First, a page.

As the family contemplates the next chapter of the graduating senior’s life, tensions, emotions, and anxieties can mount. This exciting and joyful time can generate more tears than you ever would have imagined. The stress is awful, but given that as many as one third of college students don’t go back for sophomore year and almost half of all students who start college don’t finish, the emotions are understandable.
If you haven’t yet made the final decision on which college to say YES to, here are a few questions to ask that could help you gain clarity.
I sincerely hope this is helpful and that your decision-making will soon be behind you. There is much celebrating to do this summer!
I’m not talking about high school seniors who suddenly realize this is the end of the road for them as a couple since they are heading off to different colleges in the fall. I’m talking about parents and families. The college application process tests relationships among families who have known one another for years from the schools their kids have attended and the neighborhoods where they have raised them.
Envy, resentment, jealousy – we all experience them at various times in our lives, but they may not have been this close to the surface since we were in high school vying with our buddies for the attention of the object of our latest crush.
In fact, sometimes this college application process feels just like we are back in high school. The very nature of it pits students and parents against one another. Who got into an Ivy? Who got into a more selective college? Who got into all of the colleges they applied to? Did one of your friend’s kids get recruited to play a sport that your child plays, too? Who got fancy scholarships? Who didn’t?
In essence, we are leaving it up to the college admissions folks to determine our worth and the value of our children in comparison with the friends and acquaintances. Aren’t these the same people we have spent time with to cheer on our kids? With whom we have laughed, sympathized, carpooled, and made playdates? Whom we have considered allies and even friends?
Suddenly, the people we used to quickly offer a smile and genuine warmth are objects of negative feelings we are not proud to experience.
It’s now time to admit you’ve been having the feelings you aren’t proud of and rise above them.
Remember how proud you are of your child and their accomplishments. Be proud of the ways you’ve helped their friends and their friends’ parents and the schools. Reach out to friends and acquaintances and tell them how happy you are for them and for the community you have held so dearly.
High schools can also play a role in this process. I know of some schools that bring the whole community together and encourage open and honest conversation about the vagaries of this stage of life and urge people to come together to support one another through it. If your school hasn’t done that yet, this is a great opportunity to make a difference for everyone, for the sake of your better self, and for the sake of your children.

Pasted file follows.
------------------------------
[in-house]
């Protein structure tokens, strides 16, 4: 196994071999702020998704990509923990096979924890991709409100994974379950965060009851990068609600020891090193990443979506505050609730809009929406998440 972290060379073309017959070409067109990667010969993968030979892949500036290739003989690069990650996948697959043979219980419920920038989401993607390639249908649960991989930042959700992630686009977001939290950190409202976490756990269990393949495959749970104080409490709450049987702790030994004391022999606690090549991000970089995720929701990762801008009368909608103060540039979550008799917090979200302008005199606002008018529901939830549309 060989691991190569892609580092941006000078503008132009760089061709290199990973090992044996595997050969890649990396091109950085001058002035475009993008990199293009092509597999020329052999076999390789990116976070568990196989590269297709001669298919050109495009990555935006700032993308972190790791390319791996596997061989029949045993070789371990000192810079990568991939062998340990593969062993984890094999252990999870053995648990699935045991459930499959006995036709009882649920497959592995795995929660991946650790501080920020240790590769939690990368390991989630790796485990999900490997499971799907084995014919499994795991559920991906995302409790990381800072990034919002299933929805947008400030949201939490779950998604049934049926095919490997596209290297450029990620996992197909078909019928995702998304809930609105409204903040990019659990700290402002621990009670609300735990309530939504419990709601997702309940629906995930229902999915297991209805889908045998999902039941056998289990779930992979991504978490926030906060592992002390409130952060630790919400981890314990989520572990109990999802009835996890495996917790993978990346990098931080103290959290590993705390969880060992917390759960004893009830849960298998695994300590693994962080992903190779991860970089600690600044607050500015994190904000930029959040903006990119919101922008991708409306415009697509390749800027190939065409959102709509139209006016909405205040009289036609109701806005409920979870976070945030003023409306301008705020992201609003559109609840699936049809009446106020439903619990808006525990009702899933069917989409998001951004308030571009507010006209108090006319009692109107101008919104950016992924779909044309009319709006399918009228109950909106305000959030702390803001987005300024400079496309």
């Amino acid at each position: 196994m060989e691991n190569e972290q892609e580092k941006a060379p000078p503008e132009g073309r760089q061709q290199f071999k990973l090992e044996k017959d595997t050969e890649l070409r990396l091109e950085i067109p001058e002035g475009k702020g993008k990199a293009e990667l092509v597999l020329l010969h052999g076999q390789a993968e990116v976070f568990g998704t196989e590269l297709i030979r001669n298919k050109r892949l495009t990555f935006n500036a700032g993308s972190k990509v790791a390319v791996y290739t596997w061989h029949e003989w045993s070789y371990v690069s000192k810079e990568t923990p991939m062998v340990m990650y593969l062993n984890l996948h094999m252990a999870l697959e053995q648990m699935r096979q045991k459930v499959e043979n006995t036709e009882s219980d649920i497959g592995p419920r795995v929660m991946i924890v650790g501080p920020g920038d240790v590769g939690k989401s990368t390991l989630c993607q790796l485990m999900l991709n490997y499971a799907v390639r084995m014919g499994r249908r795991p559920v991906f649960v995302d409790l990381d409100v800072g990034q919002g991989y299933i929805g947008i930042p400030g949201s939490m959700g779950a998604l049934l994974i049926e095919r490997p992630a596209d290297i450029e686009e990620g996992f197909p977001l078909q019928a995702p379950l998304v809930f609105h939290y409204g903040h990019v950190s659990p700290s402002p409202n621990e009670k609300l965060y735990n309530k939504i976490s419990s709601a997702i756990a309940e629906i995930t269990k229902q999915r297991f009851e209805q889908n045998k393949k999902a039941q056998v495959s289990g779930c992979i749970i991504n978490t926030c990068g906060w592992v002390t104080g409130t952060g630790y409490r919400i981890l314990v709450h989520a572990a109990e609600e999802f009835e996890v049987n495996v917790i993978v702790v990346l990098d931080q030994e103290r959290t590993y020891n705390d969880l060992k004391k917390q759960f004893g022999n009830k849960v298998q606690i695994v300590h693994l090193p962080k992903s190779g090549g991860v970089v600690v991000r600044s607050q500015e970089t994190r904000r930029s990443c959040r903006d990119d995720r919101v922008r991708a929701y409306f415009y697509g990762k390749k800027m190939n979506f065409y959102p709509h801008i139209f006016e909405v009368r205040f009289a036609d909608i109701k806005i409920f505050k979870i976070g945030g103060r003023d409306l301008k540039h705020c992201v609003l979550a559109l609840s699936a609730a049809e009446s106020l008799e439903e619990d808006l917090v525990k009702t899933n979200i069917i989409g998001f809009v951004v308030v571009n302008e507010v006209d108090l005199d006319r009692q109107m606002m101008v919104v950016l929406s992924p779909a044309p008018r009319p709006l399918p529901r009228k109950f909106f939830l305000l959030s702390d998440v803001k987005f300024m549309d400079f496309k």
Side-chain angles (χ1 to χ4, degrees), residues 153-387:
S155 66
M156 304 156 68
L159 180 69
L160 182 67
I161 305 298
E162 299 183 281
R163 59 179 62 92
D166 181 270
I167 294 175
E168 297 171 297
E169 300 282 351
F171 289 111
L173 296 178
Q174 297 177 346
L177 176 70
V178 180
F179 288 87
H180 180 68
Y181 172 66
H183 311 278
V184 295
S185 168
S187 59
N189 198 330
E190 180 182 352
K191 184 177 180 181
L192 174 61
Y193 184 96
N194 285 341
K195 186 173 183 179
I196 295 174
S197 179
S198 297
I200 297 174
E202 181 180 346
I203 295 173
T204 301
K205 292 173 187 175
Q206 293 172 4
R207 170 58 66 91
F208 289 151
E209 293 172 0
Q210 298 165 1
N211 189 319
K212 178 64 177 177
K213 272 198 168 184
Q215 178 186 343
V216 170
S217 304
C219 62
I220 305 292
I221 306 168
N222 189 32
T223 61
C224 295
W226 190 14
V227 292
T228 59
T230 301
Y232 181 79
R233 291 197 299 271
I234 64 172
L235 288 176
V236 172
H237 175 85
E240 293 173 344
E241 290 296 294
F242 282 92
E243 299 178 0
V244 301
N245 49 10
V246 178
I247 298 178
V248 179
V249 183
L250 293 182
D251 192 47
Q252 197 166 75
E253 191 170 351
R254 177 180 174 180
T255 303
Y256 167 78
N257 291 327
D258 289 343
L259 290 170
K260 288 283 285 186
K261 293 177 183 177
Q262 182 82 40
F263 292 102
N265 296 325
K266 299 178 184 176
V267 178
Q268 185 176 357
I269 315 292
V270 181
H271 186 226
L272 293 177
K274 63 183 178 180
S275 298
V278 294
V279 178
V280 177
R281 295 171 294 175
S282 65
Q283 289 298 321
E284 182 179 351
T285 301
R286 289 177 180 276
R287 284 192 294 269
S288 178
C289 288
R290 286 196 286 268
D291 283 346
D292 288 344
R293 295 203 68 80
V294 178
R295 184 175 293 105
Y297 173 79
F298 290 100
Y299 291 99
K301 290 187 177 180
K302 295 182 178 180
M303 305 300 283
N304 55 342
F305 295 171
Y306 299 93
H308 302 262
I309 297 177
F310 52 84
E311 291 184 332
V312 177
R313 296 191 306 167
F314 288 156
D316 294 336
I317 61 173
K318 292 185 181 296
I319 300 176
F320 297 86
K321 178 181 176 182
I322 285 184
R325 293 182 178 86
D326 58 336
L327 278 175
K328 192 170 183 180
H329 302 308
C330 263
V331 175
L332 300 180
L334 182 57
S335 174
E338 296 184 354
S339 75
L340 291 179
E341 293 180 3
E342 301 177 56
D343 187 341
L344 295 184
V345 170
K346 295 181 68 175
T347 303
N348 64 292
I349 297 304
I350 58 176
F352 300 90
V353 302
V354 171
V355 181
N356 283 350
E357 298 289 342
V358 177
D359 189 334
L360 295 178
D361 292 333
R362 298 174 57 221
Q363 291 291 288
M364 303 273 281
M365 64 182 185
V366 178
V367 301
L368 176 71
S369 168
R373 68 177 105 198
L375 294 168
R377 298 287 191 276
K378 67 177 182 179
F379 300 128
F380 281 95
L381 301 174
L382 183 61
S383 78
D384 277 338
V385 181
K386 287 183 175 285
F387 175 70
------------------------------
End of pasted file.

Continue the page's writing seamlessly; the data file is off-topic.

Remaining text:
April is the Cruelest Month for College-Bound High School Seniors and Their Parents: This might make it easier
Once a college sends out their decisions, admissions officers and other so-called “enrollment managers” do not rest. Every day, they ask: How many students have deposited? In other words, how many of the admitted have committed to joining us in the fall? How many beds have we filled? How much tuition revenue can we count on?
As the numbers increase, everyone starts to breathe more easily. If the numbers fall short, wait lists become crucial so that the college can make their numbers. If the numbers fall very short, admissions managers start worrying about their jobs, finance folks have to go back to the drawing board, departments are required to slash their budgets, adjuncts are not rehired, and everybody gets grumpy and worried. It’s a cruel process for sure.
But it’s even crueler for the families who are making one of the biggest decisions of their lives. They are rushing around from one campus to another, if they can afford it, assessing the potential future homes for the “rising freshmen,” as we call them, appealing to financial aid offices for more funding, and scouring the websites for information that will make their decision clearer.
But there are a number of things that parents and kids can pay attention to that will make their plight a bit easier. And even if you have already decided, these are crucial things to keep in mind.
For many years, as a dean at three Ivy League colleges and now as an AVP at a university with an extraordinary mission, I have had a front row seat to the obstacles to success that college students and their parents confront every year. Even at so-called elite, highly selective colleges such as Princeton, Harvard, and Columbia, where I spent some of my career, students struggle on a daily basis to remain healthy, happy, grounded, and to stay in school. I am dedicated to helping them.